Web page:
Here is what I would share with someone going through an illness.
1. Give yourself permission to be ill
2. You don’t owe explanations to anyone!
3. Trust your gut
4. Find resources for extra strength.
5. Don’t borrow trouble
6. Take charge of your health
1) Being ill is not a weakness, it just is. When I had a lot of stuff I’d planned to do but zero energy, it was very hard to give myself permission to take it slow, take a nap, ask for help or heaven forbid, just not do it. To my surprise, the earth didn’t stop on it’s axis if the dishes didn’t get done and I discovered letting someone help you is a weird gift to them. I know this for a fact because I reached out to someone in the healing process and it made me happy to help them.
2) Let your yes be yes and your no be no. If you don’t feel well enough to participate in something you don’t have to paint a detailed picture of why. This one was HARD for me to learn but I keep practicing and it gets easier without guilt. If you had already made plans, it’s still okay to back out but perhaps say why. But general obligations? No. The earth, the groups you’re involved with or your friendships won’t stop if you have to take care of your needs first.
3) If your gut is telling you that the doctor you are meeting with doesn’t really have your best interests at heart, isn’t listening to you or is making overwhelming care plans you don’t feel ready for, it’s no crime to act on that. Give someone else your business (that’s what it is you know – cash money business); or keep asking the same question over and over until they actually answer you; or put on the brakes, and unless your turning blue or vital parts are falling off only accept each step as you feel comfortable.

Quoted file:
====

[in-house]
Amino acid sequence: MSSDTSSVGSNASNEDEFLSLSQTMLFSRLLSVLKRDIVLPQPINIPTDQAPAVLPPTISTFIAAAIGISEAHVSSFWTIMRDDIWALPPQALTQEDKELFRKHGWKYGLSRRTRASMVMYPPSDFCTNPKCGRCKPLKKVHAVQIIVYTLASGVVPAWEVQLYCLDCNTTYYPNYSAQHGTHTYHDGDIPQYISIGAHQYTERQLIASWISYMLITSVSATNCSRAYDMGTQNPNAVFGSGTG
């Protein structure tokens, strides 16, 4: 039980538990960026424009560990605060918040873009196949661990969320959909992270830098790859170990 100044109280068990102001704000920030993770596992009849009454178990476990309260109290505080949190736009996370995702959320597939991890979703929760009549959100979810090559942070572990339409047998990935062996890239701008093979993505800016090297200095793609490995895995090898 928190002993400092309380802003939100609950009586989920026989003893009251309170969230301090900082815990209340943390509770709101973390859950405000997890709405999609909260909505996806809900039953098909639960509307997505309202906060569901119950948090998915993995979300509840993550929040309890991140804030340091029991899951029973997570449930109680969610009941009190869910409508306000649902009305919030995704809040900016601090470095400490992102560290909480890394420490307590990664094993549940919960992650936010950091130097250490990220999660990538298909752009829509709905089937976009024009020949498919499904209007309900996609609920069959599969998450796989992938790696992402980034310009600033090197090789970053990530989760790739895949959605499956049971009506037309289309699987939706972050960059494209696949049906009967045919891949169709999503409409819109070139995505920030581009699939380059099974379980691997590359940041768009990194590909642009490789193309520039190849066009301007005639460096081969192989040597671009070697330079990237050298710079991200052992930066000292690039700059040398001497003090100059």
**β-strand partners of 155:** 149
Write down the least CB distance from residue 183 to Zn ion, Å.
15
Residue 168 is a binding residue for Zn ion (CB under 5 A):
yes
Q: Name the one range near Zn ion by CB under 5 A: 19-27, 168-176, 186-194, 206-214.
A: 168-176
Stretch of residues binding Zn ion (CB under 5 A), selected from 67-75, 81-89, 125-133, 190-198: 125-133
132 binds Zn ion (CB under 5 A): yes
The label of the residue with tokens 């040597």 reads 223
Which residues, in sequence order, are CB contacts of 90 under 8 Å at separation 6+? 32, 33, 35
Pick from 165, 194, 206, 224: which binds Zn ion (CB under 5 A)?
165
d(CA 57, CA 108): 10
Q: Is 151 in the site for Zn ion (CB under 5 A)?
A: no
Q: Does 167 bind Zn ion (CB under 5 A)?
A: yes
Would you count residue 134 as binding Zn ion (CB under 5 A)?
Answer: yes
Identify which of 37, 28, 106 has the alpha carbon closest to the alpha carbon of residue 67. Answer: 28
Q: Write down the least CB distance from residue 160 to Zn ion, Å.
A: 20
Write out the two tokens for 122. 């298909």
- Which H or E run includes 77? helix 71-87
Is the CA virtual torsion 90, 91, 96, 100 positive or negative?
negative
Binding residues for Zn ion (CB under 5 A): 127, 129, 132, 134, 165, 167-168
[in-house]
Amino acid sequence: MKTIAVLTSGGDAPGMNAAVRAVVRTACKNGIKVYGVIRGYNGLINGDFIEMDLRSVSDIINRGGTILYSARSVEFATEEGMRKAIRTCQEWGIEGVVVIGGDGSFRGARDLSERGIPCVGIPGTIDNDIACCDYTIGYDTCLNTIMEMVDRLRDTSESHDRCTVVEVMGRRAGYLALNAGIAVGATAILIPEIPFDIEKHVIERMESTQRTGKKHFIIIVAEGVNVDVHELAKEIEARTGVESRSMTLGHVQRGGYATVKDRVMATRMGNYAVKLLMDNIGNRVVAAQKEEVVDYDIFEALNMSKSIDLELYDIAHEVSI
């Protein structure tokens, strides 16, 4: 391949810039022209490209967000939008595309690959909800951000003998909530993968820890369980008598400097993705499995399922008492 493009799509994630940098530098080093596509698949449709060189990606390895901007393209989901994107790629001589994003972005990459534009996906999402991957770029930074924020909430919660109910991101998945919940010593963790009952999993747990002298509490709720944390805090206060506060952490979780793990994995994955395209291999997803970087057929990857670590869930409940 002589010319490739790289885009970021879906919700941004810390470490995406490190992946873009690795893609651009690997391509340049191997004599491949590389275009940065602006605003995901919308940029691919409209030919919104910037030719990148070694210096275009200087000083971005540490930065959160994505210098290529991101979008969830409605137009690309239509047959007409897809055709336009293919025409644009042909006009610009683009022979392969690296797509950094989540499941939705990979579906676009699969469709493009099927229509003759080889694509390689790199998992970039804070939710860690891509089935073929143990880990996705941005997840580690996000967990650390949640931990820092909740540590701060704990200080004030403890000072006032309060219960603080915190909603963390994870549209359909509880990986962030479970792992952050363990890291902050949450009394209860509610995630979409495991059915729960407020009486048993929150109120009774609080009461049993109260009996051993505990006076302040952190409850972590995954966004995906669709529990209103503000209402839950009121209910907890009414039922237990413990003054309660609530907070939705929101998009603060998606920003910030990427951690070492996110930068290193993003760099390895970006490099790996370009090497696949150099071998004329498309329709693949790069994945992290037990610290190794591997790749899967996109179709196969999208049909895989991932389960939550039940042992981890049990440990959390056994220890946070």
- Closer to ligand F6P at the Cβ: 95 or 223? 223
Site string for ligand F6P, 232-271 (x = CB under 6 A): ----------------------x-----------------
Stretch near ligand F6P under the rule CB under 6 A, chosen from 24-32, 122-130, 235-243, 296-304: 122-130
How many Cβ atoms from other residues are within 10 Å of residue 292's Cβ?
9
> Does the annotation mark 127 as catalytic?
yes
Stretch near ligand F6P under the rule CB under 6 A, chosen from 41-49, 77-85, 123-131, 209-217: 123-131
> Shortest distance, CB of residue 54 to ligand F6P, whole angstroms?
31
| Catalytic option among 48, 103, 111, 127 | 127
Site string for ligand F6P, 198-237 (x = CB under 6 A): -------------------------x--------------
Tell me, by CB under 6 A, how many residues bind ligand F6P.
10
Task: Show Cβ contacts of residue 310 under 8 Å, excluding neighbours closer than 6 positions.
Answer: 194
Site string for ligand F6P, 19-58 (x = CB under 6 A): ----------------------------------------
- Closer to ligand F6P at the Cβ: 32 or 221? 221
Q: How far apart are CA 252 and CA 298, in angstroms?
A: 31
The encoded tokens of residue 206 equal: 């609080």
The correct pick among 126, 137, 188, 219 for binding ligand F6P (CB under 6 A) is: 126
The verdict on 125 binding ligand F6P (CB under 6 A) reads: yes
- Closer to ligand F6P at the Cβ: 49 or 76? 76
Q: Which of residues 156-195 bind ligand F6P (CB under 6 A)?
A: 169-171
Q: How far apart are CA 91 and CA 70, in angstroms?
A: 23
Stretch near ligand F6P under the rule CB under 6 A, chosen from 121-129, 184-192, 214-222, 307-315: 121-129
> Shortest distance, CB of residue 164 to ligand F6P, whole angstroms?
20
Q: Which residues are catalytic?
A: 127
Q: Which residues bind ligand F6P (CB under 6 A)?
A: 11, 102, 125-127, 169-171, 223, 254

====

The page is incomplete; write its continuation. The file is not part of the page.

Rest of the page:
4) After my husband’s stroke; even though I felt just fine, I decided I should probably get checked out. Just days after a series of tests I was hit with nothing but bad news; high blood pressure, heart disease, emphysema, and nodules on my thyroid and adrenals. As hard as I tried not to, I couldn’t completely overcome feeling old, tired and useless. What I did different (instead of isolating and eating candy) is call many friends and tell them the truth about how I was feeling – not the medical stuff that exhausts everyone – just the fears. I wrote about it and did some stepwork on some of professionals I didn’t trust. I prayed in the right way, meaning I prayed to accept God’s will whatever that turned out to be – no plea’s, no demands, and to guide me and my doctors into right choices. It was freeing.
5) By borrow trouble I mean obsess over what will happen if you don’t get better, what you will look like, how long this is going the last, when you’re going to die. One way that helped me conquer this is to examine how I felt after each doctor appointment. Kind of in a clinical way. Did he listen, did it hurt, did it scare me? Then I talked to my coach about that specific appointment. To try to see things as they really are, not as they “might” be. By breaking it down to appointment by appointment (kind of like one-day-at-a-time), I felt less overwhelmed. It helped me not be a drama queen.
6) I am very proactive with what’s going on with me. I google what I have been diagnosed with. I check and see what treatments have been effective or dangerous for other people with my condition. I realize that I am only one of hundreds of patients my doctor sees. Things can be missed or overlooked. They are humans. So I check out the side effects, warnings and actual life-example reviews before I take any drug. If it appears the cure is worse than my symptoms I make my doctor talk to me about it. As you can imagine, I’m not exactly popular – it appears they much prefer compliant sheep but if it goes south the party line is you’re responsible for your own decisions to take or not take what they recommend so do the research and stand up for yourself.
MADE WITH PURPOSE
Learn to listen to your body when it whispers so you wont have to hear it scream